Velella Velella are also known as sea rafts, little sailers and by the wind sailors. They are a very unusual species of free floating hydrozoans. They are a part of the cnidaria family (of jellyfish and sea fans), but fall within their own group called Velella velella. This because instead of living underwater like jellyfish do, they inhabit the surface and use their tentacles to reach into the water to catch their food. They have a very basic nerve net and numbers of individual neurons. They usually grow up to 6 cm but specimens of up to 13cm have been reported.
Velellas are equipped with a floating disc composed of concentric gas filled tubes. Atop the disk is a small chitinous semi circular sail which allows the wind to propel them across the surface of the sea. If wind conditions are right thousands of them can be washed up on beaches. These mass stranding’s could play an important role in cycling carbon and nutrients from the sea onto the land.
Velella have either a right angled sail or a left angled sail. This propels them downwind either 45 degrees to the left of the wind or 45 degrees to the right of the wind. This often splits the population in two. Presumably this provides an evolutionary advantage to the organism. On a strong given wind direction, only half the population will end up beached.
Interestingly, the 45 degree angle of velella’s sail aligns closely with fastest angle that a sailing boat may travel at. This is also the maximum angle in which yachts can sail up into the wind.
Valella’s are made up of either male or female polyps. The polyps themselves have specialized functions. Protective, feeding and reproductive. The reproductive polyps produce tiny velella velella through asexual reproduction. They can also produce eggs and sperm which once fertilized grow into the Velella.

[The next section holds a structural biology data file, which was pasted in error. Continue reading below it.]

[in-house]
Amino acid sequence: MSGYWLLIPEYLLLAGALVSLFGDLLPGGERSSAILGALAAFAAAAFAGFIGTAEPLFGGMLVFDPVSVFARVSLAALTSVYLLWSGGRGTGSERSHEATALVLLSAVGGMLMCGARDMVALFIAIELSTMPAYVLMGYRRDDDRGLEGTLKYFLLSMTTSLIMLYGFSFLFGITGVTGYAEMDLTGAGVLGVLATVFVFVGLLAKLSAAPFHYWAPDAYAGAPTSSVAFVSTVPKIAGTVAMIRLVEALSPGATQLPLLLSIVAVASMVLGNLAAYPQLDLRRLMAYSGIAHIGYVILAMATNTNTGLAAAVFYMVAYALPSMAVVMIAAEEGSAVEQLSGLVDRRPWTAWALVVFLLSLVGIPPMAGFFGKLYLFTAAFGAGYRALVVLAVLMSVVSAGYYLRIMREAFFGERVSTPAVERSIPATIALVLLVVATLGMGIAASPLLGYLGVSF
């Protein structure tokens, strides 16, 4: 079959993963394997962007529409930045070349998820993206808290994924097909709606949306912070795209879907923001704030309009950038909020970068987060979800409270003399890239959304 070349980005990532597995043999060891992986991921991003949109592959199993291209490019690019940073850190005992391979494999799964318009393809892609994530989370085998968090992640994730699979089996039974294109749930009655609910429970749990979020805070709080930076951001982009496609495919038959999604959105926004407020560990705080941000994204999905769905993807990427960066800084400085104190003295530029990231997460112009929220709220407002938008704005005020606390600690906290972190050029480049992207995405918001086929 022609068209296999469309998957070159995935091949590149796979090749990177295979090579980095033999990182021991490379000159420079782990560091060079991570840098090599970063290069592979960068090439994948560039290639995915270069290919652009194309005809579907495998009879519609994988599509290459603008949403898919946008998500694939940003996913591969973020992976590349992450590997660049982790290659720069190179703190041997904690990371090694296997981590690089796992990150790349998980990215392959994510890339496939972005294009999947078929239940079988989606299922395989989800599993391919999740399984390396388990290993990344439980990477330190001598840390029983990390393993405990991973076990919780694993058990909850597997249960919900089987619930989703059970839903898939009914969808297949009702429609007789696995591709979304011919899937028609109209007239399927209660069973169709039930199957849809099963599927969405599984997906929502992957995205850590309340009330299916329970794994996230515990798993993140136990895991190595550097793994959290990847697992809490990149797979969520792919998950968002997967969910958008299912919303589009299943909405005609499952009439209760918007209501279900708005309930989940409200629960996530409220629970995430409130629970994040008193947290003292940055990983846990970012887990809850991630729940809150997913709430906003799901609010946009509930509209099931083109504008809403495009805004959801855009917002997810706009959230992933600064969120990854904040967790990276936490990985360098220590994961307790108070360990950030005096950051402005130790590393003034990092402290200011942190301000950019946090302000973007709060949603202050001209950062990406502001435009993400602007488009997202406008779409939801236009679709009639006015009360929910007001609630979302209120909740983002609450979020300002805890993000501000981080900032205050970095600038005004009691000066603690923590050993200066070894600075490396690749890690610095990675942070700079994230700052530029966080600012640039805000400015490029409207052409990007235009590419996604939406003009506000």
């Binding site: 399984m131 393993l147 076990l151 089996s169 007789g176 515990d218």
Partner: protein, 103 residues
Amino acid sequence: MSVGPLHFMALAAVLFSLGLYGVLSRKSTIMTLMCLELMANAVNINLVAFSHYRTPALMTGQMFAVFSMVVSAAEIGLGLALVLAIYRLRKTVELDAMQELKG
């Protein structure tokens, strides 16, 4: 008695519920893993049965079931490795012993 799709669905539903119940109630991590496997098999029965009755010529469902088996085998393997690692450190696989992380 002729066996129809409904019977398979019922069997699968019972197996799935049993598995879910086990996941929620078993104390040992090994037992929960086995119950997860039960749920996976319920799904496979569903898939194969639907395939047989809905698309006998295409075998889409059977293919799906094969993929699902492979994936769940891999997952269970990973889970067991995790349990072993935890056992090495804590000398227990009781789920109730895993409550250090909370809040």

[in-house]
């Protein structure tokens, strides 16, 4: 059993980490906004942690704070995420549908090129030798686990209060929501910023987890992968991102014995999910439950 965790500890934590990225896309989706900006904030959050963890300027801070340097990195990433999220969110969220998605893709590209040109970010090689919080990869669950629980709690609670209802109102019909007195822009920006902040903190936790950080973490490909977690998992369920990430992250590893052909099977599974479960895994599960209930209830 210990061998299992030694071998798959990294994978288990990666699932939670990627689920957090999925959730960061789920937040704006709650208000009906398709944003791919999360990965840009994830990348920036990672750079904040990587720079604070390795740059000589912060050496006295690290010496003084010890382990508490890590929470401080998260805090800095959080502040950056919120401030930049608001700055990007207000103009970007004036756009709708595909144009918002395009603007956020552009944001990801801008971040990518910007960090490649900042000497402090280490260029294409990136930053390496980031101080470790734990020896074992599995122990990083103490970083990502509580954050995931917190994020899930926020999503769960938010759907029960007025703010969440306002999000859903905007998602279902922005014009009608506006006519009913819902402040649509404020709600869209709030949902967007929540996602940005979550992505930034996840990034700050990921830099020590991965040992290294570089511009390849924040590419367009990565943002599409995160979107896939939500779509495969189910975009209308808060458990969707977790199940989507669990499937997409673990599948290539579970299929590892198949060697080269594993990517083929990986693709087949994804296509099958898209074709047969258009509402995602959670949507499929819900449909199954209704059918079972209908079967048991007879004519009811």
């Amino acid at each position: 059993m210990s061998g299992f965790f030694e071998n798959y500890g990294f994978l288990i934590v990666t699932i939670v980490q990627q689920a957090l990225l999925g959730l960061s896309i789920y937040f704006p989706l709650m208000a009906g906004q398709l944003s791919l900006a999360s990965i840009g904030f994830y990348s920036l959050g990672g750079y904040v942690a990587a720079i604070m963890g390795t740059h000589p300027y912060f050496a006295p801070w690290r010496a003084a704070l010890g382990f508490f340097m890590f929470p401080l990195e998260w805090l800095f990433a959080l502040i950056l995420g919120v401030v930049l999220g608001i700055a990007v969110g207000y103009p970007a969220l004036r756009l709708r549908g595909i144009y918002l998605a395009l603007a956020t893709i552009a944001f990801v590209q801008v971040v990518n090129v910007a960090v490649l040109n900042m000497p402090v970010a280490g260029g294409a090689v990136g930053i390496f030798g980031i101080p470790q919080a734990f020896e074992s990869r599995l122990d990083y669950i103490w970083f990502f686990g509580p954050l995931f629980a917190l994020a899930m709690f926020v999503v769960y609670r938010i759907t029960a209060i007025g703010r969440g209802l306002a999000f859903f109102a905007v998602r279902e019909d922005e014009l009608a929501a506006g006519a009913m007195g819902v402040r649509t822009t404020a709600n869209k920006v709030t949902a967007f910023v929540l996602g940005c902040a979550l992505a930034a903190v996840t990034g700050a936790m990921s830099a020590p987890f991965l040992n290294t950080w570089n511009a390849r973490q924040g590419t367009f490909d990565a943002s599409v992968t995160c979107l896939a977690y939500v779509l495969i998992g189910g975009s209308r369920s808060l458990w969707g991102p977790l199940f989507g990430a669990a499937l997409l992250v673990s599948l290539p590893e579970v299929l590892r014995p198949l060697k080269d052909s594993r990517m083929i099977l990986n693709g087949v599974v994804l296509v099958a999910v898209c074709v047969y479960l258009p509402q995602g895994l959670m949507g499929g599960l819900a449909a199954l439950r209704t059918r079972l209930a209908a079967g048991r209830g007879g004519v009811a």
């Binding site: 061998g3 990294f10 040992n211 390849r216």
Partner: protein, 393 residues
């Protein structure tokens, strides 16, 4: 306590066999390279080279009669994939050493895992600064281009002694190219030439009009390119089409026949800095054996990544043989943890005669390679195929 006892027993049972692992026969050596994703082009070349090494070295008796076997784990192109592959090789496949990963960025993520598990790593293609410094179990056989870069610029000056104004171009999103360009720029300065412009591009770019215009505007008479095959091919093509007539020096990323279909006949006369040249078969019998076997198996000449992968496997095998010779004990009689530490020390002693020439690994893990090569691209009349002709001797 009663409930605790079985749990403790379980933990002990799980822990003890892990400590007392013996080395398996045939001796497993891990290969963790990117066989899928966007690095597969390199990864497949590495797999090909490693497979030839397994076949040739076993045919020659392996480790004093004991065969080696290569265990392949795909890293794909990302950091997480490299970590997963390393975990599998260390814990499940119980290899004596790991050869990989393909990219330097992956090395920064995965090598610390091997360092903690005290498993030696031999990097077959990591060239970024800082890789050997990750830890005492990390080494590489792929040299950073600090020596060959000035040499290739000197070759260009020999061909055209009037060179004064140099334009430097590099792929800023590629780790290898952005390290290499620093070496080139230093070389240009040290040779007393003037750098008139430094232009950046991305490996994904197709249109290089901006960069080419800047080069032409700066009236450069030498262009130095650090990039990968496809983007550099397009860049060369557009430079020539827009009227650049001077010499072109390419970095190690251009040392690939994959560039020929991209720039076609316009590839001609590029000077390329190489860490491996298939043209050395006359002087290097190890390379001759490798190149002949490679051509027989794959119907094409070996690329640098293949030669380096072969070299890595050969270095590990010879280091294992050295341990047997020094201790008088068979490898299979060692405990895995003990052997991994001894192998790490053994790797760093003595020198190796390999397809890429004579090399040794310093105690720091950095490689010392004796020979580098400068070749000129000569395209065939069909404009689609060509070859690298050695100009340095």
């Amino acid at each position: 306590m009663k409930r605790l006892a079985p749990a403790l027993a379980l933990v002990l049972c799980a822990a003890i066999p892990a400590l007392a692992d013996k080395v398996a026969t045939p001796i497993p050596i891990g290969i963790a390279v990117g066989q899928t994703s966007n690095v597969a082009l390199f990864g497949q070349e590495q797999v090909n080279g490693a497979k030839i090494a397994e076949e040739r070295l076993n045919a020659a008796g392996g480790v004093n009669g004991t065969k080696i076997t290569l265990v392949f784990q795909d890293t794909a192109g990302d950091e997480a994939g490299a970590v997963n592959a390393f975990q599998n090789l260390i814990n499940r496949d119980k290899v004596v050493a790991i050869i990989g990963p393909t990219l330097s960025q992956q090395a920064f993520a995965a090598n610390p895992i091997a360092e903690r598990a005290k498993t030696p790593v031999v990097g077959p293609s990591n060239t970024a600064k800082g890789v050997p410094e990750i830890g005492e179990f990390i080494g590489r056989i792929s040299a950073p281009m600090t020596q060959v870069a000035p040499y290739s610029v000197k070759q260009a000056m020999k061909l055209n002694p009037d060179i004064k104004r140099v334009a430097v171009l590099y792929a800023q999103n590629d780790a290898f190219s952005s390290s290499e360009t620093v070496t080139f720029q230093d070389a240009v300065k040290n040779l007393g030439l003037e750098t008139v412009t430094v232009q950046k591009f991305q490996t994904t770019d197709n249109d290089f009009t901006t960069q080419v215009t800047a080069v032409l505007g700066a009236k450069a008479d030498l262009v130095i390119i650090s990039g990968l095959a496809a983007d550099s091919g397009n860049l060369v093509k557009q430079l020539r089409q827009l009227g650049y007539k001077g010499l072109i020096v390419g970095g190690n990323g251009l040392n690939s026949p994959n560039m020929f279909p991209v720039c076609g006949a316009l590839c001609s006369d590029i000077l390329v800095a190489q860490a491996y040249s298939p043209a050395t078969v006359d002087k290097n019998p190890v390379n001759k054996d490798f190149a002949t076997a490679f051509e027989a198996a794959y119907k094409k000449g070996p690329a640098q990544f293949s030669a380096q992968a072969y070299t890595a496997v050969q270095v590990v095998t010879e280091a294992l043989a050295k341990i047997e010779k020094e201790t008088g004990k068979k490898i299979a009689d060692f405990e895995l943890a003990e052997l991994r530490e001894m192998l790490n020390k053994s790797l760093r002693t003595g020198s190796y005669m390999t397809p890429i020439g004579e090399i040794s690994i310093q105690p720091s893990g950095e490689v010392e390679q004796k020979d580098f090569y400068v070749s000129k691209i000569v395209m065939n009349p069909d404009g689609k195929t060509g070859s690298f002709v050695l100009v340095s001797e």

The stinging tentacles are approximately one centimeter (.39″) long. These are used to sting and capture their prey. These are harmless to humans, although there may very rarely be an individual allergic reaction to their sting. The tentacles hanging down in the water also stabilize the body allowing the sail to function in a similar way to a keel on a yacht.
Velella have a symbiotic relationship with zooxanthellae algae which provide them with some of their nutrients. Below the sail they have a large large gastrozooid surrounded by many smaller gastro-gonozooids. These are involved in feeding and digestion of animal prey. Their tentacles with stinging cells capture prey such as plankton, fish eggs and other tiny sea organisms. These are then passed up to the gastrozooid and gastro-gonozooids. Large scale blooms and mass stranding’s on beaches in the Mediterranean in 2013 and 2014 allowed scientists to study the contents of the gastrozooid’s of large numbers of the Vellela Vellela . The analysis showed that 59 % of the prey were krill (small shrimplike crustaceans) that were captured at night. The balance of the prey were Copepods at 41%, fish eggs at 2.2% and larvae at 0.5%.
They are found in temperate and tropical seas and normally spend their life in mid ocean. Large numbers are often spotted by ships at sea.
Velella velella were originally allocated within the order Siphonophora. In this order each individual is actually a colony of separate organisms (polyps) that are connected by a canal system and that share nutrients. It now it is believed by some scientists that they are just a single large polyp. They have been relocated into the order Chondrophora also known as the Porpitidae.
VELELLA VELELLA CLASSIFICATION
Phylum: Cnidaria (corals, sea anemones, jellyfish and relatives)
Species: Velella velella